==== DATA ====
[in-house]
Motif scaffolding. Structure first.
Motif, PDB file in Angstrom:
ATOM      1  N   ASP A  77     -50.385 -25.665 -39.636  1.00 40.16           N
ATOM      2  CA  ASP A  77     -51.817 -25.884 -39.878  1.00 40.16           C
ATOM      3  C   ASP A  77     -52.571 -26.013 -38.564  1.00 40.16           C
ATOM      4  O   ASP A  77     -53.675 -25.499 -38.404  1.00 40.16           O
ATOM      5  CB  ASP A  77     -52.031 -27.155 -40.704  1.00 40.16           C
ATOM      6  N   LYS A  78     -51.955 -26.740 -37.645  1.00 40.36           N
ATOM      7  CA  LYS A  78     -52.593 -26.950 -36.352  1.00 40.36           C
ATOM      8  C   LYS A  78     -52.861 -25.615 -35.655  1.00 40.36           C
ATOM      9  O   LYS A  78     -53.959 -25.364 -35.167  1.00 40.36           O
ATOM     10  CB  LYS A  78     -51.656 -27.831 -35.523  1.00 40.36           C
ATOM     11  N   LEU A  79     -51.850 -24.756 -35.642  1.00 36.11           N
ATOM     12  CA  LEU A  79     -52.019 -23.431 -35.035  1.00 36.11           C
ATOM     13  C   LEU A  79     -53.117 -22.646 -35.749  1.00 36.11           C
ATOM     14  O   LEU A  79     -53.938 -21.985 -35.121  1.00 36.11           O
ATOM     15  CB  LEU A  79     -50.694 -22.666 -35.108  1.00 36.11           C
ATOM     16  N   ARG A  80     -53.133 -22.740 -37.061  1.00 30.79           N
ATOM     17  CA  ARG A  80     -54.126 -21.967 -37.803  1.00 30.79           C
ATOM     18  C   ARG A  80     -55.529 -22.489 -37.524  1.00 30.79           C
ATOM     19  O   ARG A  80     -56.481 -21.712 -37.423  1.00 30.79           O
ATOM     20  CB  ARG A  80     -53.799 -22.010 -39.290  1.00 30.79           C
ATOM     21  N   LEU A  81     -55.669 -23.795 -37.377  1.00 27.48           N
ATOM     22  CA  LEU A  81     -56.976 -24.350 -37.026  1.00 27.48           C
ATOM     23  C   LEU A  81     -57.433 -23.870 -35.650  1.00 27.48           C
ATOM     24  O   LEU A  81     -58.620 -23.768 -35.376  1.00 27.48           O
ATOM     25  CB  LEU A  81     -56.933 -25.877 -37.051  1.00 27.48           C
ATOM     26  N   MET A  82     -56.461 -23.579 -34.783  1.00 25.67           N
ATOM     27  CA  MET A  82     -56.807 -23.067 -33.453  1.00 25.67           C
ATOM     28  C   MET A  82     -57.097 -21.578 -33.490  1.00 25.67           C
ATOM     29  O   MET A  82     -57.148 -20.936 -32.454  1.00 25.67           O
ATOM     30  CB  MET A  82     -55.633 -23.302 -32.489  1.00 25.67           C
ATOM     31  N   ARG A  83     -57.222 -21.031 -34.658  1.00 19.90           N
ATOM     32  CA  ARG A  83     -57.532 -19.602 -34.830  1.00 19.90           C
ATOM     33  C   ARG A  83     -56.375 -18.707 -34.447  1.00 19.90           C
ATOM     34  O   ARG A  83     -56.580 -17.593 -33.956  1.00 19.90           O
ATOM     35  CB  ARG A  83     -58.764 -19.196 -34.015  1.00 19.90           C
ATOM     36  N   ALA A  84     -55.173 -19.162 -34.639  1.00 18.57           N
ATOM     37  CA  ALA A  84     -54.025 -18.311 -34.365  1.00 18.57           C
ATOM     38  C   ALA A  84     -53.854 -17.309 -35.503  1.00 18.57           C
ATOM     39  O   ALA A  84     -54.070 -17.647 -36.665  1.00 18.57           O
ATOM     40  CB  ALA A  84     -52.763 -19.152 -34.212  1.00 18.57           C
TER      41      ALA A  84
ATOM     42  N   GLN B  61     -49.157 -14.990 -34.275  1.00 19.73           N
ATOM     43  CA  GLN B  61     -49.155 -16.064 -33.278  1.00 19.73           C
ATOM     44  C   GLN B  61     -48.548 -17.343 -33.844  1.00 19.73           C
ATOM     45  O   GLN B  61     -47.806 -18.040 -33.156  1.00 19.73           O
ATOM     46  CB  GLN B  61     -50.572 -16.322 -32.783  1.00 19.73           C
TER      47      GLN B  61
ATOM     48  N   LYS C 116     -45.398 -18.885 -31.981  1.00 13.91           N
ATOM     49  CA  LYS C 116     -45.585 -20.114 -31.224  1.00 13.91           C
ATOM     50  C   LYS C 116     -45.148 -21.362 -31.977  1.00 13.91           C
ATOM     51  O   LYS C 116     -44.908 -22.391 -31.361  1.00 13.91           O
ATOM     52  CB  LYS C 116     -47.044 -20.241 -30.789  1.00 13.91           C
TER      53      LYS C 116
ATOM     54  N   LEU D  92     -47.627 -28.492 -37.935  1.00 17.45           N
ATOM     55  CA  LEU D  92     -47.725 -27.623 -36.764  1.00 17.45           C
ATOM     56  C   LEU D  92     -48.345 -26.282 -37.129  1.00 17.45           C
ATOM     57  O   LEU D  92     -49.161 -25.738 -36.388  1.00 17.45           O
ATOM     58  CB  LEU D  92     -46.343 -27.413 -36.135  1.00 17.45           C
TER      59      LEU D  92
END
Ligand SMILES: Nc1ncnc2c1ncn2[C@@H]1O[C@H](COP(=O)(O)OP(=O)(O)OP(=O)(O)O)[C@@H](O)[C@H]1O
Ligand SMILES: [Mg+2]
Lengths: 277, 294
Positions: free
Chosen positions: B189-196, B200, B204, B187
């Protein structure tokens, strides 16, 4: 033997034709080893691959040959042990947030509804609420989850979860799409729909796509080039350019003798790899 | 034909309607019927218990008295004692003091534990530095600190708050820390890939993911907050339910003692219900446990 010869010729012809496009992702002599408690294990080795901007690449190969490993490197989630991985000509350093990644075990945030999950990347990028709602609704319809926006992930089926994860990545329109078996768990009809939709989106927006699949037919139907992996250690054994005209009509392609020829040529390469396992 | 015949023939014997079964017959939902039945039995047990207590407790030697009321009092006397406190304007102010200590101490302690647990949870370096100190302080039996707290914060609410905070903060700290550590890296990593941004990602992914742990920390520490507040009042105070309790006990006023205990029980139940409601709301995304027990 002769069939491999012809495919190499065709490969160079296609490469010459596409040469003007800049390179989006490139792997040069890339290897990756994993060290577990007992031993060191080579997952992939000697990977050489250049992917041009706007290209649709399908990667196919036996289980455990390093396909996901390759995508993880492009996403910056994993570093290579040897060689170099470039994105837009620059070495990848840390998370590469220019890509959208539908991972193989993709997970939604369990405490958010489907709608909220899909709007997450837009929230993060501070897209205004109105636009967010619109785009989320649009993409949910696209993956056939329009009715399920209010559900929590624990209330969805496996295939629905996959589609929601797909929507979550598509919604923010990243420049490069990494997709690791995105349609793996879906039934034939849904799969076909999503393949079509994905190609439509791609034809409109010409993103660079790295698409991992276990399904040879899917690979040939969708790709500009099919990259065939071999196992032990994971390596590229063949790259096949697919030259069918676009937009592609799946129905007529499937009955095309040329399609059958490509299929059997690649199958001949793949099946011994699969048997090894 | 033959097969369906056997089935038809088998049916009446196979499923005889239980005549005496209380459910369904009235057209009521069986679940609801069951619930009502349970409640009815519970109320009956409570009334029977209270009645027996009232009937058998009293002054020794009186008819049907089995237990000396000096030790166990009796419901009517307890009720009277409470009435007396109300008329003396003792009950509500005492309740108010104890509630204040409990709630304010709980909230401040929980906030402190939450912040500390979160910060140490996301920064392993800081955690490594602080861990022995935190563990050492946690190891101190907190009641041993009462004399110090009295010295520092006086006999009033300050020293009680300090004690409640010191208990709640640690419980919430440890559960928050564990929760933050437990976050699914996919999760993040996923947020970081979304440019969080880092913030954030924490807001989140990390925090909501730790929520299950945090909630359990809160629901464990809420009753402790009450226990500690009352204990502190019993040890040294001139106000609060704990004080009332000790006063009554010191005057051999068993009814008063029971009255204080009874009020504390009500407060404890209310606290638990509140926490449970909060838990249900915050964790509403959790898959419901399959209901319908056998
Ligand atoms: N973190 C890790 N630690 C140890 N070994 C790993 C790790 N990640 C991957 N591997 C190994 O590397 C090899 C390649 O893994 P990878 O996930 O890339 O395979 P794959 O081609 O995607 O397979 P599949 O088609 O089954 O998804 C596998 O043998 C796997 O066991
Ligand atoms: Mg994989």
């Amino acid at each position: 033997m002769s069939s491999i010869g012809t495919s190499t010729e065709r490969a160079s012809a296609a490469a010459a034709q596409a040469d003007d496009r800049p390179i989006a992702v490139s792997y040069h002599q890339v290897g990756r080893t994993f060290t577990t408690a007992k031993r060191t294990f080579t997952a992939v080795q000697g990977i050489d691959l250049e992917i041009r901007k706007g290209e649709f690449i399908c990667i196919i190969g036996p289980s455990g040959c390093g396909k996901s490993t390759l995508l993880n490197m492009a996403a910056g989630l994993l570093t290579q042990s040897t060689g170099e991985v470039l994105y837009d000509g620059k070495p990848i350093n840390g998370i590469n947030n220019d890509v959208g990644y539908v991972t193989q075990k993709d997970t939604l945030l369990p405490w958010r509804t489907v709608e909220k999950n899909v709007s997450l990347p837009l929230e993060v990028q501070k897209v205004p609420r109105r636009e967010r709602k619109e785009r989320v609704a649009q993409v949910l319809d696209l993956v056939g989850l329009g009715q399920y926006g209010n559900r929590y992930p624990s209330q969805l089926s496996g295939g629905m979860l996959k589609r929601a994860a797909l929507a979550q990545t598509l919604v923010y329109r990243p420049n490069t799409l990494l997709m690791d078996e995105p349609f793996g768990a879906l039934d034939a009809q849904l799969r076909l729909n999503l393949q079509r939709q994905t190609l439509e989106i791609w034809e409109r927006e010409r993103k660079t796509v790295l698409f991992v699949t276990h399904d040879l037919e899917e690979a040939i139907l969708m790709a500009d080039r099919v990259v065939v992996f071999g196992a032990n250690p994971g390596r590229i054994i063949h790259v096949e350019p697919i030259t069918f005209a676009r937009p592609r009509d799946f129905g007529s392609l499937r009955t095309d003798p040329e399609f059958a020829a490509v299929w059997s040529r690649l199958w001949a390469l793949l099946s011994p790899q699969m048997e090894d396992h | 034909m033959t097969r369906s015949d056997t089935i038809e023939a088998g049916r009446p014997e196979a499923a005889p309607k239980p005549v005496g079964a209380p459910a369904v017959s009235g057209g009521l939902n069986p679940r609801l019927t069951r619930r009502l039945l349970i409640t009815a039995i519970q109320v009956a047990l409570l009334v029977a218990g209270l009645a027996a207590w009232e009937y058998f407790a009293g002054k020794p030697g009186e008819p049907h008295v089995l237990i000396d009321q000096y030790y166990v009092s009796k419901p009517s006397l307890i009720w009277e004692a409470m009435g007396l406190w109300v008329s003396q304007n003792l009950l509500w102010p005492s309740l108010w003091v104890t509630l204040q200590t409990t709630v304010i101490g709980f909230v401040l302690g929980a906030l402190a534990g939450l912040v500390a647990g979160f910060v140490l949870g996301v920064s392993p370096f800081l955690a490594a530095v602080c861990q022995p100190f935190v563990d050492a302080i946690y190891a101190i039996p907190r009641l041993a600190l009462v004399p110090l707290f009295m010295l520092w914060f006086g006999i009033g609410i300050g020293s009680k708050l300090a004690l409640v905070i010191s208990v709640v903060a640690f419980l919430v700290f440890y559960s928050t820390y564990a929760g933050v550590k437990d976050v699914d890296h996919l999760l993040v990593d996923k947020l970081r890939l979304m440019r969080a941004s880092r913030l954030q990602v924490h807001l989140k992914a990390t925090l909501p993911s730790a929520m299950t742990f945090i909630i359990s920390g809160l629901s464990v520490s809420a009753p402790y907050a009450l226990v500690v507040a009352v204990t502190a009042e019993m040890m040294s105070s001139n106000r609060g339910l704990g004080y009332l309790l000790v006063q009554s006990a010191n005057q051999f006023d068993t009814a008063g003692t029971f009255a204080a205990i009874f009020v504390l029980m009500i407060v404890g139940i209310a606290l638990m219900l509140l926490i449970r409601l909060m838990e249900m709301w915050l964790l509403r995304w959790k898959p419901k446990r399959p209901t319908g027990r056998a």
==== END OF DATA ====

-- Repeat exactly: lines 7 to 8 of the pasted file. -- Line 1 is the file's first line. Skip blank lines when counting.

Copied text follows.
ATOM      4  O   ASP A  77     -53.675 -25.499 -38.404  1.00 40.16           O
ATOM      5  CB  ASP A  77     -52.031 -27.155 -40.704  1.00 40.16           C